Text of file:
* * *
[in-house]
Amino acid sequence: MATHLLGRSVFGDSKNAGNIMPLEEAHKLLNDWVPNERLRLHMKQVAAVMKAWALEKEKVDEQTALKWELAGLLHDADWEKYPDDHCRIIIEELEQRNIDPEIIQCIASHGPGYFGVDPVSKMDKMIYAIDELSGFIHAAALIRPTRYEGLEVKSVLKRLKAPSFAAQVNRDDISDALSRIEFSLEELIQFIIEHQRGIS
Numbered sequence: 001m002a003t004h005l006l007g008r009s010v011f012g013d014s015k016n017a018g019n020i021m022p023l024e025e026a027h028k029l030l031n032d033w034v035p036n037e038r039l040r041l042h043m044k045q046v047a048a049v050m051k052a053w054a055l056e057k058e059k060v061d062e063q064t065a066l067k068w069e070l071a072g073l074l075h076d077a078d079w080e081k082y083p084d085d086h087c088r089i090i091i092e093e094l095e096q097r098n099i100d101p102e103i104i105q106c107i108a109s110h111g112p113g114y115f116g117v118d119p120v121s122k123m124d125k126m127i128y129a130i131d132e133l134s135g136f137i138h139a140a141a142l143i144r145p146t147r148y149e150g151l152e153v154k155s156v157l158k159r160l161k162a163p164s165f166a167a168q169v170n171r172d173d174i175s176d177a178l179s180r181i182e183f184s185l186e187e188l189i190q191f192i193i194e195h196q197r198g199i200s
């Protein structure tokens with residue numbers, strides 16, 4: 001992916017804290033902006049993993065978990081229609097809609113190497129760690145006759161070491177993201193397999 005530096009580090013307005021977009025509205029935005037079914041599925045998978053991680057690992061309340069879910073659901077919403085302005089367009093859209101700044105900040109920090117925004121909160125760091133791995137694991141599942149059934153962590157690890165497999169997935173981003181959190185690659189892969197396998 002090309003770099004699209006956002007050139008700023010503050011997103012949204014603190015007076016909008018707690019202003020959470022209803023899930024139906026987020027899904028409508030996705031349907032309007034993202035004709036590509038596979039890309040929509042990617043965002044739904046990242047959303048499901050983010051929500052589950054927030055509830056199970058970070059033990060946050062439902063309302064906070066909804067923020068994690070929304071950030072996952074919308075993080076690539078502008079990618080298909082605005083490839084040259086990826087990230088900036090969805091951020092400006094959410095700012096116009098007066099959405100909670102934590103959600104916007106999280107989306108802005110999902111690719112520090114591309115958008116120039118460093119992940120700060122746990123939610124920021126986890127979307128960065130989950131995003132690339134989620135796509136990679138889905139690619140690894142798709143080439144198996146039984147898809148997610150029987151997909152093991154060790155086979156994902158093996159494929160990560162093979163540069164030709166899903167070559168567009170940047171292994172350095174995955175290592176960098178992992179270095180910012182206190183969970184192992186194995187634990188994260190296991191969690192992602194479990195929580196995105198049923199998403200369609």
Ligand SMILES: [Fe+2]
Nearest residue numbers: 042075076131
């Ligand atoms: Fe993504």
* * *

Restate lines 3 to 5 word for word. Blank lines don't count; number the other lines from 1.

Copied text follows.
Numbered sequence: 001m002a003t004h005l006l007g008r009s010v011f012g013d014s015k016n017a018g019n020i021m022p023l024e025e026a027h028k029l030l031n032d033w034v035p036n037e038r039l040r041l042h043m044k045q046v047a048a049v050m051k052a053w054a055l056e057k058e059k060v061d062e063q064t065a066l067k068w069e070l071a072g073l074l075h076d077a078d079w080e081k082y083p084d085d086h087c088r089i090i091i092e093e094l095e096q097r098n099i100d101p102e103i104i105q106c107i108a109s110h111g112p113g114y115f116g117v118d119p120v121s122k123m124d125k126m127i128y129a130i131d132e133l134s135g136f137i138h139a140a141a142l143i144r145p146t147r148y149e150g151l152e153v154k155s156v157l158k159r160l161k162a163p164s165f166a167a168q169v170n171r172d173d174i175s176d177a178l179s180r181i182e183f184s185l186e187e188l189i190q191f192i193i194e195h196q197r198g199i200s
């Protein structure tokens with residue numbers, strides 16, 4: 001992916017804290033902006049993993065978990081229609097809609113190497129760690145006759161070491177993201193397999 005530096009580090013307005021977009025509205029935005037079914041599925045998978053991680057690992061309340069879910073659901077919403085302005089367009093859209101700044105900040109920090117925004121909160125760091133791995137694991141599942149059934153962590157690890165497999169997935173981003181959190185690659189892969197396998 002090309003770099004699209006956002007050139008700023010503050011997103012949204014603190015007076016909008018707690019202003020959470022209803023899930024139906026987020027899904028409508030996705031349907032309007034993202035004709036590509038596979039890309040929509042990617043965002044739904046990242047959303048499901050983010051929500052589950054927030055509830056199970058970070059033990060946050062439902063309302064906070066909804067923020068994690070929304071950030072996952074919308075993080076690539078502008079990618080298909082605005083490839084040259086990826087990230088900036090969805091951020092400006094959410095700012096116009098007066099959405100909670102934590103959600104916007106999280107989306108802005110999902111690719112520090114591309115958008116120039118460093119992940120700060122746990123939610124920021126986890127979307128960065130989950131995003132690339134989620135796509136990679138889905139690619140690894142798709143080439144198996146039984147898809148997610150029987151997909152093991154060790155086979156994902158093996159494929160990560162093979163540069164030709166899903167070559168567009170940047171292994172350095174995955175290592176960098178992992179270095180910012182206190183969970184192992186194995187634990188994260190296991191969690192992602194479990195929580196995105198049923199998403200369609």
Ligand SMILES: [Fe+2]